Are online writing workshops worth the trouble? I suppose if you’ve got major publishing contracts smacking you in the face because you happen to be blessed with flawless talent, then perhaps no. But since this is the real world, and even the most distinguished writers can use a little help from time to time, the workshops are the way to go. Critique Circle, Scribophile and Writer’s Café are just a few of the workshops you’ll find on the web. What do they offer, you ask? Here goes my list again….
1. Getting your work edited essentially for free
You’re toiling away at this chapter for DAYS, and after a while, you’re beginning to question whether or not you’ve spelled 1st grade vocab words like ‘the’ correctly. Sound familiar? You need feedback and you’re so desperate for it, you’d consider having your sister’s brother’s niece’s friend’s eleven-year old cousin read it (she offered at her 2-year-old sister’s birthday party after all). An enticing offer since every other time you show up with that 5 lb. stack of papers you call a manuscript at friend and family barbecues, they all scatter like high school kids at a keg party after the cops arrive. Part of the problem? It looks like a master’s thesis and at this point, probably reads like one too.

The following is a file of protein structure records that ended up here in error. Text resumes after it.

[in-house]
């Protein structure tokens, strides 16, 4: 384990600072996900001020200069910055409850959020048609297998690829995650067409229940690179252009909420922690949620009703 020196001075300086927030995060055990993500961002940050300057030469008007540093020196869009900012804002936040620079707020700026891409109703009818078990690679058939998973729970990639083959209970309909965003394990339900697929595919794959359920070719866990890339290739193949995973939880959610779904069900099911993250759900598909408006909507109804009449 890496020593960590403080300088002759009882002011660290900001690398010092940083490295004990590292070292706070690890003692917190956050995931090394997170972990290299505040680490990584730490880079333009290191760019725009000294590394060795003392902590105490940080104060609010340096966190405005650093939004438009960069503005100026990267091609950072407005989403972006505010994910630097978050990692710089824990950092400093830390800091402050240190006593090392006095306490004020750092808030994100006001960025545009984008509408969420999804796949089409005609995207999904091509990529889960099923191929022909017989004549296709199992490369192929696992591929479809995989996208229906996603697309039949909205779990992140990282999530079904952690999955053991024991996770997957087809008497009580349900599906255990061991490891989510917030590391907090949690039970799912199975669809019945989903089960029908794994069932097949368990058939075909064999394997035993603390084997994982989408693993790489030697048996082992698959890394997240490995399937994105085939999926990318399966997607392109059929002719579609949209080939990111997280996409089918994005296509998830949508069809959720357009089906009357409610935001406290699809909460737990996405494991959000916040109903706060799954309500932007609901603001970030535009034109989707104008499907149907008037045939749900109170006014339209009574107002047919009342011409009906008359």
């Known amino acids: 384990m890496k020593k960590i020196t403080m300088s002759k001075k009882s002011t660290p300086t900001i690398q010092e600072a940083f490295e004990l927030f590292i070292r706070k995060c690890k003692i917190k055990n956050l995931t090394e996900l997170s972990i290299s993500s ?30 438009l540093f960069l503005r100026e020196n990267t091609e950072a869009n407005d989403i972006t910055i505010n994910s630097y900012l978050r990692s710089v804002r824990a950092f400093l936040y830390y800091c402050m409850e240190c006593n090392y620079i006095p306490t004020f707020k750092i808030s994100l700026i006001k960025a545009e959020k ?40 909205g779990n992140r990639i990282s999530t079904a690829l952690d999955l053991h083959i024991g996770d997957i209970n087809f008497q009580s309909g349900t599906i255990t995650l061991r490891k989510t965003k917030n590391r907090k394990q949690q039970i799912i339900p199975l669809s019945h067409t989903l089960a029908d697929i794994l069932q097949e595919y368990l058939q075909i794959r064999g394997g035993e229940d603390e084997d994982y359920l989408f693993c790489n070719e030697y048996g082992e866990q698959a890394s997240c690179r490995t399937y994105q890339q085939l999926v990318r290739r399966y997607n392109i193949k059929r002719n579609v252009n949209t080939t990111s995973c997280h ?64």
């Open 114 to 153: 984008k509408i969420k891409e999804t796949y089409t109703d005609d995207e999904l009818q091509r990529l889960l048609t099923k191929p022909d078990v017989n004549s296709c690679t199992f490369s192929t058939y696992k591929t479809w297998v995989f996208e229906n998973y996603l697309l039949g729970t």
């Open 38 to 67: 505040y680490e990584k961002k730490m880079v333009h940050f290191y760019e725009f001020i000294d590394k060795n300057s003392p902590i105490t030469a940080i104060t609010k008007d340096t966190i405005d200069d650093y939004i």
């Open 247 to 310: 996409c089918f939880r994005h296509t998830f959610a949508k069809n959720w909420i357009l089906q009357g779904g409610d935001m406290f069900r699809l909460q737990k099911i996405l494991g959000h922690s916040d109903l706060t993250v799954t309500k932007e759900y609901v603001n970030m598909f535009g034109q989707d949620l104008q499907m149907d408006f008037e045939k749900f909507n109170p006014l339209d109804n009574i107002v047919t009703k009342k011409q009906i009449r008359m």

This is where the workshops can help. Imagine a fantastical world where experts are chomping at the bit to get their greasy hands on that juicy turkey bone of a manuscript you own. Ok, that’s a bit far-fetched. But you will find eager readers who are jonesin’ to get their stuff posted, even if it means having to lumber through yours first. Hey, it’s better than having to beg, right?
My personal favorite is Scribophile, though Critique Circle works much the same way. Membership is free, but you can upgrade and enjoy additional benefits of the site. The beauty of both of these sites is the currency in which they are founded. You earn points to post your writing by critiquing others. In turn, your work is guaranteed at least 3 critiques. Whohoo! Finally, a little attention!
Make no mistake, these sites are not only comprised of wanna-be authors desperate to get out of their day jobs (who, me?). You’ll also find a delightful assortment of real-life writing professionals such as freelancers, editors, teachers and those with graduate-level training who are just as interested in feedback as anyone else. Grammar and punctuation aren’t the only issues that will be addressed in your writing. You can also expect feedback on plot and character development, pacing and tension; all the cogs that power a great story.
If you’re considering publication (and who isn’t these days?) this is a great way to get a glimpse at what the big dogs in New York are going to think of your work before you send it off.
2. Social Networking
If you missed what this benefit means to me, check out my prior post, Baby Steps, and you’ll see why this one soars to the top of my list.